According to recent research, women in Malta suffer from a 10 per cent gender pay gap. And while this comes in below the European Union’s average 12 per cent, the discrepancy certainly calls for dialogue.
As one of Malta’s foremost business leaders, renowned primarily as the former CEO of Playmobil Malta, Helga Ellul affirms that the country’s gender pay gap goes against Equal Pay for Equal Work regulations. Unfortunately, the CEO of Advise Ltd says, the current gap is likely “left over from years of even wider pay gaps way back, when the work of females was perceived of lower value.” Highlighting the word ‘perceived’, Helga clearly states that it was never really the case.
“I believe that if places of work are pushed towards reducing the pay gap from the top (meaning Government and decision-makers) that will be a big help,” Helga asserts, affirming that companies that embrace Corporate Social Responsibility must do so, as gender equality is an important aspect of CSR.
As President of CORE Platform, Helga believes that by reducing and eliminating the gender pay gap, businesses can truly become models of CSR promoters and doers. Apart from that, she maintains, if such companies are promoted and showcased as best practices, others will soon follow. “To do this, social responsibility and sustainability should start to feature in companies’ reporting and auditing. If such good practices – like equal pay – are featured in company reports, it will soon become the norm (and would no longer need to be mentioned),” she says.
The same research also showed that women in Malta also face an opportunity gap: the glass ceiling for women is much lower than that for men. As a prominent business figure on the island, Helga once again stresses that companies with the right CSR mentality and practices in place will give equal opportunities, and is pleased to point out that today, we see quite a few women in top positions on the island, despite it not yet being enough, particularly in listed companies.
“We are also seeing more female students than male students at University, so on a professional and academic level, there should be a much higher number of females in leadership positions. The question here is whether women are ready to take on this responsibility, or whether they are worried that this will impact or affect their social/family life,” Helga notes, posing a number of telling questions. “Are companies/employers worried that females will be less committed as they will have to tackle both work and family life? Are men ready to have a working wife and a strong woman as a partner, and are they ready to share the domestic/family duties equally? These are always the issues.”
Addressing the issue of whether women are ready to reach the next step and become leaders in their organisation, Helga believes that mentoring programmes that promote female empowerment can help to overcome these gaps and fears. “We have so many good mentors (male and female ones) in Malta who can help get the message across and help these female leaders and entrepreneurs to seek top positions. I had a great mentor, and it made all the difference at the beginning to have someone helping me and fostering my belief in myself,” she maintains.
When it comes to employers, Helga continues that unfortunately, it took a pandemic for some companies to realise how quickly they can become flexible with regards to work patterns, as most employees shifted to working from home. “Before COVID-19, flexibility and working from home was, most of the time, given as a concession and outside of the norm, and perceived as producing less output,” she quips, once again placing emphasis on ‘perceived’.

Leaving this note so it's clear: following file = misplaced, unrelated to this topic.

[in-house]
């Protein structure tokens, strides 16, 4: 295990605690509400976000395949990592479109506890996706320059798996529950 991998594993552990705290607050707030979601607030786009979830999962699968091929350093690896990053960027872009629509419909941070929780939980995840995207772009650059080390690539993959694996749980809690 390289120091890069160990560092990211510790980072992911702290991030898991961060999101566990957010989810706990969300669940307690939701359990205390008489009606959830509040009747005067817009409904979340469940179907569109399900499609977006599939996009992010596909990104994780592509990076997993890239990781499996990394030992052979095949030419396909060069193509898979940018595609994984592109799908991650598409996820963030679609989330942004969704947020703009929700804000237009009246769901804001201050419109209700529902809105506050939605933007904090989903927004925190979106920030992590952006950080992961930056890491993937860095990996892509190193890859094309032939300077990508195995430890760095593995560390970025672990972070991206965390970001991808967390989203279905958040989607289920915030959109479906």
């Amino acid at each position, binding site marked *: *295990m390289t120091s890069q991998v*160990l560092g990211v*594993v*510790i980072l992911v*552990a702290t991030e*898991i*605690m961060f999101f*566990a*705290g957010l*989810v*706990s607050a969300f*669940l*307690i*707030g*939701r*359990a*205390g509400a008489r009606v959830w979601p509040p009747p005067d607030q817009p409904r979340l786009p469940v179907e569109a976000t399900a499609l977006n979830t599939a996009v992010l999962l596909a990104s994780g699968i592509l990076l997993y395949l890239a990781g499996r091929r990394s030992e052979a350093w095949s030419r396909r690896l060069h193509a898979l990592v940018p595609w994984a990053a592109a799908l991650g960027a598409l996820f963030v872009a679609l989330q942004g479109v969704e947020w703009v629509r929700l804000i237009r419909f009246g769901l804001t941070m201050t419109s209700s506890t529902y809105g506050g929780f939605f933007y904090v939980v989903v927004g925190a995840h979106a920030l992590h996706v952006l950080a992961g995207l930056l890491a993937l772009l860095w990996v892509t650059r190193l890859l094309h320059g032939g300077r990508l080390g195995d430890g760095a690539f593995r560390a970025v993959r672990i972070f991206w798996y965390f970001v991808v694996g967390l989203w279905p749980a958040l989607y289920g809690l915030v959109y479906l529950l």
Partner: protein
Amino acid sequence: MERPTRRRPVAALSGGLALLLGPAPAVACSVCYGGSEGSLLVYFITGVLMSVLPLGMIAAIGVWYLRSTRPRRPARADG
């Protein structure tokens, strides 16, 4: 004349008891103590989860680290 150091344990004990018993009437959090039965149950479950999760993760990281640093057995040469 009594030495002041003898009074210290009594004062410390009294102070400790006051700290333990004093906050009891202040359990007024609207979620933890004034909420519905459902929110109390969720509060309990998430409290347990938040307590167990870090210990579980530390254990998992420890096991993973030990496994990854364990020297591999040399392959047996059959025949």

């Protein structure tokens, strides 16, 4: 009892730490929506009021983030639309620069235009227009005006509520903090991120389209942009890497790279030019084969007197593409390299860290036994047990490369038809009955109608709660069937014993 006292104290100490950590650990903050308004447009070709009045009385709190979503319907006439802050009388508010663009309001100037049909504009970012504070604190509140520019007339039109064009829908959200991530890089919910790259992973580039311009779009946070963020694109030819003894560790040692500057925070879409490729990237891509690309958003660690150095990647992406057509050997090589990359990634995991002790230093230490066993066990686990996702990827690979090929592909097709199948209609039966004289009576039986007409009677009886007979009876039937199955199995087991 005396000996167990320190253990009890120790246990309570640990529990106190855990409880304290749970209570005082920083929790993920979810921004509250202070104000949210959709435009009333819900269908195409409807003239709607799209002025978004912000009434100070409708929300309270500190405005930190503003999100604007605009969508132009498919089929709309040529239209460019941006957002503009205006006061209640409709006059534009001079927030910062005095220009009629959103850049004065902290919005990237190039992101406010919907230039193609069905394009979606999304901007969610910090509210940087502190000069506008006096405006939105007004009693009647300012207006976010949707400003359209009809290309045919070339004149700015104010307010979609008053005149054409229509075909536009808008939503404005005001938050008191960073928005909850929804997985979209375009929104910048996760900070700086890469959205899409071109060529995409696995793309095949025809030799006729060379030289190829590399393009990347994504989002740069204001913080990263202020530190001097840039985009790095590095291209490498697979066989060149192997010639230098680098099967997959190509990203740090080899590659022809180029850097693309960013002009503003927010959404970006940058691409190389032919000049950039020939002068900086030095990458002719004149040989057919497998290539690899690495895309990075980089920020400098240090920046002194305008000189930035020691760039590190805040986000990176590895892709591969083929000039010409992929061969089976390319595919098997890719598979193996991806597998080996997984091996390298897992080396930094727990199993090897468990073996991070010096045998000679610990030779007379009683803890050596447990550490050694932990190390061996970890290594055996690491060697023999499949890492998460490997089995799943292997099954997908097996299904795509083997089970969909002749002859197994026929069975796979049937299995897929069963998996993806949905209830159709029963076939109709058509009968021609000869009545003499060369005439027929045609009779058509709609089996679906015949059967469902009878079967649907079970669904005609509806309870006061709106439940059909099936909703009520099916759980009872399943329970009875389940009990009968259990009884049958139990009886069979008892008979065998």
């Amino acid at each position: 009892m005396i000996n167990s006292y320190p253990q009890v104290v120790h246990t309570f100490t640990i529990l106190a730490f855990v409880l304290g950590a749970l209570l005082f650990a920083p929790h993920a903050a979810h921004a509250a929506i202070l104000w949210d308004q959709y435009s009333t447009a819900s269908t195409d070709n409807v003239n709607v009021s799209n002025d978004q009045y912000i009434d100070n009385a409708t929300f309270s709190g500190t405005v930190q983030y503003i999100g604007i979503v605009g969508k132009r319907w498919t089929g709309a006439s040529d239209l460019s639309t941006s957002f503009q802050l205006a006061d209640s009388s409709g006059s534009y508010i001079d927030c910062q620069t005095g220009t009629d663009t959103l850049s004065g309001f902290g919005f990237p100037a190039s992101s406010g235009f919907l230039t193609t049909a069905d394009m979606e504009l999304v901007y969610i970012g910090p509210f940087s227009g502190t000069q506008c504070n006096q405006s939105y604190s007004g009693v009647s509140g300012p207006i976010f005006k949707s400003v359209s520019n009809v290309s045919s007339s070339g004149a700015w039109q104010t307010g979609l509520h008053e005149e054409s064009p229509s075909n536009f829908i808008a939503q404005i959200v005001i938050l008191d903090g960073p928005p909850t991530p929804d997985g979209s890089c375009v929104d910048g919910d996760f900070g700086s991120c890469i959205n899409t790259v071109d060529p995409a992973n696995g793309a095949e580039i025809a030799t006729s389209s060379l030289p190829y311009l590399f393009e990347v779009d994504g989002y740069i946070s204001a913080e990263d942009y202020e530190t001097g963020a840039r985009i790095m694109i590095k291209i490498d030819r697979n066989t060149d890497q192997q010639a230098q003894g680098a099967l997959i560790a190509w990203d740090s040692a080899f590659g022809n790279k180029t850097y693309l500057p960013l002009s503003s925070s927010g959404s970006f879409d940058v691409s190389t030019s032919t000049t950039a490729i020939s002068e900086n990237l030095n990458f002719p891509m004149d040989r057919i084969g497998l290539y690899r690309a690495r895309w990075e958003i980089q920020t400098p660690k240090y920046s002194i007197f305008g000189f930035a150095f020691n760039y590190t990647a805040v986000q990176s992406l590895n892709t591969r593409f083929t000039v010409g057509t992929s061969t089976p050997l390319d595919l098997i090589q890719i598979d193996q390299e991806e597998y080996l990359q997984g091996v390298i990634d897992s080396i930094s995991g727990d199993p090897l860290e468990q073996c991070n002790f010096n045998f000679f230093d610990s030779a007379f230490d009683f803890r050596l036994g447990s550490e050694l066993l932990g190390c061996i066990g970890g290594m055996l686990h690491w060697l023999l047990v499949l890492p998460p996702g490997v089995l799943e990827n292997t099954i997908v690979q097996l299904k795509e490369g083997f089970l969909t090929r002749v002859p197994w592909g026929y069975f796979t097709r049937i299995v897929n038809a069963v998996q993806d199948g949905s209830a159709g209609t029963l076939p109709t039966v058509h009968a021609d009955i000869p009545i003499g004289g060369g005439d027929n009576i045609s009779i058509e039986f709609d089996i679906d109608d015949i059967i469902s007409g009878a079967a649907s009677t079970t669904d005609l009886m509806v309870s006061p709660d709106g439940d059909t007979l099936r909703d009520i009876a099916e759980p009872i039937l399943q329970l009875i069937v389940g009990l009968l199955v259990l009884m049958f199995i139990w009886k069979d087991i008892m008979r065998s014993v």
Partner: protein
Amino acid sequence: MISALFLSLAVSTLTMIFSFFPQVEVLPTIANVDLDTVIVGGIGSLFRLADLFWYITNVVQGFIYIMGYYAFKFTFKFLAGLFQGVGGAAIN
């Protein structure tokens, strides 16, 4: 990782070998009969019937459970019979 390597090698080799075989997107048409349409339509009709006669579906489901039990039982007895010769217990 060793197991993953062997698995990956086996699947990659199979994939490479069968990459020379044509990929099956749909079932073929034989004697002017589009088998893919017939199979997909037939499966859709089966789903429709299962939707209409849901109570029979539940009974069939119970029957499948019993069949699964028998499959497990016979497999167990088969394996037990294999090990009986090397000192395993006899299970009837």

“Now we know that this is not true, and hopefully we have learned the hard way that it works and not go back to our old-fashioned fixed physical-hour work pattern but rather embrace the new world of on and offline work and concentrate on the outcome and output. This will greatly help the work-life balance young couples (not only the females) need to embrace a full professional career while also having a family,” Helga says.
Looking back on her celebrated career in business, Helga illustrates her personal story as a woman in a high leadership position, and the impact one person’s experience can have on an organisation, at a time when her situation was far less common than it is today.
“I was already Managing Director of Playmobil in Malta when I became pregnant with my first child. My boss and the owner of the company in Germany asked what would happen, as it was a first for him. I told him that, even though I normally love to plan everything in my life, this was a case where I could not plan ahead as I’d never had a child, and didn’t know how it would turn out – would I be able to come back to work and cope with both? Would my child be healthy? What does bringing up a child entail?”
“There were so many questions, and I had no answers! So, I told him that I would love to go back to work if everything is fine and discussed and agreed on it with my husband. However, in the meantime, I obviously put a good management team together to take care of things, and promised that whatever the outcome, I would not let him down. If anything, I would help find a replacement and help this person as long as necessary so that the company could continue as usual. That was the only thing I could promise at that time.”
“Thank God, everything turned out well. I immediately went back to work, had a healthy child and my husband and I shared the family duties as parents. I had a second child three years later. My boss also learned from this, and never again questioned female leadership. The CEO of Playmobil Head Office he would choose later on was also a mother.”
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